#1: Lat Pull-down Behind the Head
The problem: Only people with very mobile shoulder joints can keep their spines straight enough to do this exercise properly. So the move -- done wrong -- can lead to shoulder impingement or worse, a tear in the rotator cuff. And if the bar hits the back of the neck, it could injure cervical vertebrae.
A Safer Lat Pull-down
On the pull-down machine, lean back a few degrees, use a wider-than-shoulder grip, and bring the bar down in front of your body to the breastbone, pulling shoulder blades down and together. Contract your abdominals to stabilize the body, and avoid using momentum to swing the bar up and down. The lat pull-down works the muscles of the upper back.
#2: Military Press Behind the Head
This shoulder move, in which you lift weights or a barbell up and down behind the head, can cause the same problems as the lat pull-down behind the head.
A Safer Military Press
A safer shoulder alternative: When doing the military press, keep the bar or dumbbells in front of your head. Stand with the weight no lower than the collarbone and keep your upper body upright. The exercise can also be done seated. Always sit straight against a back support, and keep the natural curve in your spine, with upper back and glutes pressed to the chair.
#3: Upright Row
The problem: Pulling weights, a barbell, or a weighted cabled bar up under your chin is a big no-no because it can compress the nerves in the shoulder area, impinging the shoulder.
A Safer Alternative to the Upright Row
Instead of doing an upright row, work your shoulders with a front or lateral shoulder raise, lifting weights out to the front or side of the body.
#4: Lying Leg Press with Knees Bent Too Deeply
The problem: Lying on your back with your feet on a weighted plate, you push the plate up and bring it down, with the aim of working the quadriceps, hamstrings, and glutes. The problem with this exercise comes when you bend your legs too far, which can hurt your back and knees
Leg Press: Safer Moves
If you want to do a lying leg press, keep your butt from rotating off the back of the machine, and don't bend past 90 degrees at the knee.
#5: Squats: A Safer Alternative
It's not necessary to use weights when doing a squat, but if you keep good form, adding weight will intensify the move. Standing straight with your feet shoulder-width apart, slowly lower your body, back straight. Move the hips back as if you where going to sit in a chair. Try to maintain your weight directly over your feet, keeping heels on the floor. Lower yourself to about a 90 degree bend in the knee. Slowly return to a standing position.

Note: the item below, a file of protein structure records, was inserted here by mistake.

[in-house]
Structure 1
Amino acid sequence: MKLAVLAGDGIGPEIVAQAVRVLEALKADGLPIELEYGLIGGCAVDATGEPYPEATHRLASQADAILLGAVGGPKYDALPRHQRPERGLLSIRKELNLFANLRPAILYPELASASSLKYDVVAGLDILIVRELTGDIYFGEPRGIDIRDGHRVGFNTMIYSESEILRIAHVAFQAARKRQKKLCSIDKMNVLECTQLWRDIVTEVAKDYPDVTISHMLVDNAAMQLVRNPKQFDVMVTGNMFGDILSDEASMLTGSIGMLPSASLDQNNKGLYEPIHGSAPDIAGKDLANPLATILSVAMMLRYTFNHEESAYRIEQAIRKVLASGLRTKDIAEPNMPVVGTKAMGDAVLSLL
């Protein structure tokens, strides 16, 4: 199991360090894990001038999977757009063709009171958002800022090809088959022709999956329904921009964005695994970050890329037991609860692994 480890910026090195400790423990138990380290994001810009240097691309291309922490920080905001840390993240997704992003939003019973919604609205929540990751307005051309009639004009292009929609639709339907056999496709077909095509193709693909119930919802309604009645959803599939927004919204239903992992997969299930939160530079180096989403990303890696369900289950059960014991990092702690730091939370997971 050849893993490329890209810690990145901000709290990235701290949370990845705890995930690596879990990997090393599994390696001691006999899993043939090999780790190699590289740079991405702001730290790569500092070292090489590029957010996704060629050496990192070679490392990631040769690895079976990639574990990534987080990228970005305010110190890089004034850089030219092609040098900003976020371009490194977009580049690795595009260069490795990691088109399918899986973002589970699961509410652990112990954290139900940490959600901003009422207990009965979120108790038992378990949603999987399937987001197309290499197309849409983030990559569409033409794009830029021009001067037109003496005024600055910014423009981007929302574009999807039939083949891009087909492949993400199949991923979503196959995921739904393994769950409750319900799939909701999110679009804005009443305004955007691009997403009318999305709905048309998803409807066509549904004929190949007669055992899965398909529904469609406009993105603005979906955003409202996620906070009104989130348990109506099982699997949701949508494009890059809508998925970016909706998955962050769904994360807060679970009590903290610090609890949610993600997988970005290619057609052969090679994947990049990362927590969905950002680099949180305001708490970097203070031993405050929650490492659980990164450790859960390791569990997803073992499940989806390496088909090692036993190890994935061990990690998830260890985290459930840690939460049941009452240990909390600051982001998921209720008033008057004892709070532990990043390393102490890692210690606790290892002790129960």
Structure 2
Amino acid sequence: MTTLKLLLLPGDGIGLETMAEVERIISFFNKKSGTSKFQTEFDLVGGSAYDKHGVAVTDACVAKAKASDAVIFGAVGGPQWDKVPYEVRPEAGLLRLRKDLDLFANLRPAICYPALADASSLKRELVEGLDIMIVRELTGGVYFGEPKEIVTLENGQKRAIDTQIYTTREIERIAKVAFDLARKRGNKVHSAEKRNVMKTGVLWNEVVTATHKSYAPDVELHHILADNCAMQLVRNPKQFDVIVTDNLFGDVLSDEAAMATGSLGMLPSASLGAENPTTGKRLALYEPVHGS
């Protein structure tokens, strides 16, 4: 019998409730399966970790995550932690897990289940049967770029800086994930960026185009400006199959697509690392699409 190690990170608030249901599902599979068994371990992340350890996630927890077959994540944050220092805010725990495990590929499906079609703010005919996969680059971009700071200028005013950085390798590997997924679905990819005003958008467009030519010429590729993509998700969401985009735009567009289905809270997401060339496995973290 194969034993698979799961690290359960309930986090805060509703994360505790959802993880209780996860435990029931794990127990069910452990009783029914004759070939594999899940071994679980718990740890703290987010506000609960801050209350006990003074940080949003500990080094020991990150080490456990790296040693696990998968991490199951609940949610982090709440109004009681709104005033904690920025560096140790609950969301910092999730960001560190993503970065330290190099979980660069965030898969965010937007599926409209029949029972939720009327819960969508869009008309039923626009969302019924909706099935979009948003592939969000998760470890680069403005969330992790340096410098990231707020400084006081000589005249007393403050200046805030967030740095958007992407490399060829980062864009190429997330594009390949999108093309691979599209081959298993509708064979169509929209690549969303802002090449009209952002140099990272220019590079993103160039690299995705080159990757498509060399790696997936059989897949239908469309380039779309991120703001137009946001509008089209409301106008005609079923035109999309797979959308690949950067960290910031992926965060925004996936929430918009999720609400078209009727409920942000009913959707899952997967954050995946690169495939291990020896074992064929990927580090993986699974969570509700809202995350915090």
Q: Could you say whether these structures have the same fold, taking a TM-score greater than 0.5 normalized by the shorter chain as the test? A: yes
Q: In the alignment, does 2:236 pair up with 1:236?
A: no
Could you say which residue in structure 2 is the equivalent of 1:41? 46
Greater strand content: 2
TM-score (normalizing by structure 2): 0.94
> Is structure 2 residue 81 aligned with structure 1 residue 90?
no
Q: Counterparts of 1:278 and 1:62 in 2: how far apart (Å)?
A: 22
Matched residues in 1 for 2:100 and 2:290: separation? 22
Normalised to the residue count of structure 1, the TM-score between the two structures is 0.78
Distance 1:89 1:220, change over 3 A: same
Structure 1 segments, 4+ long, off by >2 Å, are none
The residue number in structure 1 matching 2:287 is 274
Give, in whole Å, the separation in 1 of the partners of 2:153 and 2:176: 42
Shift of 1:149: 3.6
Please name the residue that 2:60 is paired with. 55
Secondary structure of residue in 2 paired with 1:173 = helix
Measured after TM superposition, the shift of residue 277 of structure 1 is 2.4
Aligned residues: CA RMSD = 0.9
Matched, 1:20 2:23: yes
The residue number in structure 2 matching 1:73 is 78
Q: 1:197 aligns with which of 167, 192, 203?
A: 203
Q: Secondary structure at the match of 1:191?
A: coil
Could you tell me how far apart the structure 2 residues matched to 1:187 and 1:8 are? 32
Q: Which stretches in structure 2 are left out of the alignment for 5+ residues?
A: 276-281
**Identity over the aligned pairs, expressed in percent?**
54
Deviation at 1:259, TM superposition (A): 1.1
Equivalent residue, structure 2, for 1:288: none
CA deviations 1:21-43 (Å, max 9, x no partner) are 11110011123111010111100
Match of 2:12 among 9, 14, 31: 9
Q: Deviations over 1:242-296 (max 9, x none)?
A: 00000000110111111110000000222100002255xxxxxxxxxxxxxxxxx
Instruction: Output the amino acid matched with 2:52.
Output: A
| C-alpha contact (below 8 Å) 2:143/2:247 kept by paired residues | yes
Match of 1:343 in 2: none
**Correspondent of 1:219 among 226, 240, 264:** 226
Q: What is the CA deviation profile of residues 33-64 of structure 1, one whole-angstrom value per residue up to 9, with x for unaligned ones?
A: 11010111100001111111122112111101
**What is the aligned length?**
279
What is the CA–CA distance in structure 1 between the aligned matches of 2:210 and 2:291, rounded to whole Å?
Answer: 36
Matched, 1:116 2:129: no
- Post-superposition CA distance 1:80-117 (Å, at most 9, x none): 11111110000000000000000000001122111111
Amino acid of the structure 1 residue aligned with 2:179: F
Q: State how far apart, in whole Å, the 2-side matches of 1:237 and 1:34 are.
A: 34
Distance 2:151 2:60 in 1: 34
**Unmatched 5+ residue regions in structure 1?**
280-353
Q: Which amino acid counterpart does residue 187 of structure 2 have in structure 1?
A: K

#6: Using Bad Form on Cardio Machines
The problem: Hunching over or using a death-grip on the handrail cheats your body and can throw off your alignment, jarring your spine, shoulders, and elbows
#7: Exercises Done with Goal of Spot Reduction
People who do strengthening and toning exercises in an effort to trim fat from a certain area -- thighs, hips, stomach, or arms -- have the wrong idea. Although these exercises can help firm muscles, if the targeted area still carries an extra layer of fat, it won't look much different. You can't isolate fat loss to one part of the body.
Effective Ways to Reshape Your Body
Cardiovascular exercise (aerobic) will torch calories, but resistance training is a big part of the equation if you want to burn fat. Boosting your muscle mass increases your metabolism, so you burn more calories all the time, even when you're not working out.
#8: Wearing the Wrong Shoes
Even if you're doing everything else right, your efforts can be undermined by improper footwear. Working out with the wrong shoes increases pounding on the joints, and can lead to injuries like plantar fasciitis or tendinitis.Shoe Solution
The key, experts say, is to choose a shoe that is specific to your activity and that suits your particular foot. They recommend shopping at stores specializing in athletic shoes, where you can seek advice from a knowledgeable salesperson. And don't forget to replace your shoes when they show signs of wear.
reviewed by Michael W.Smith MD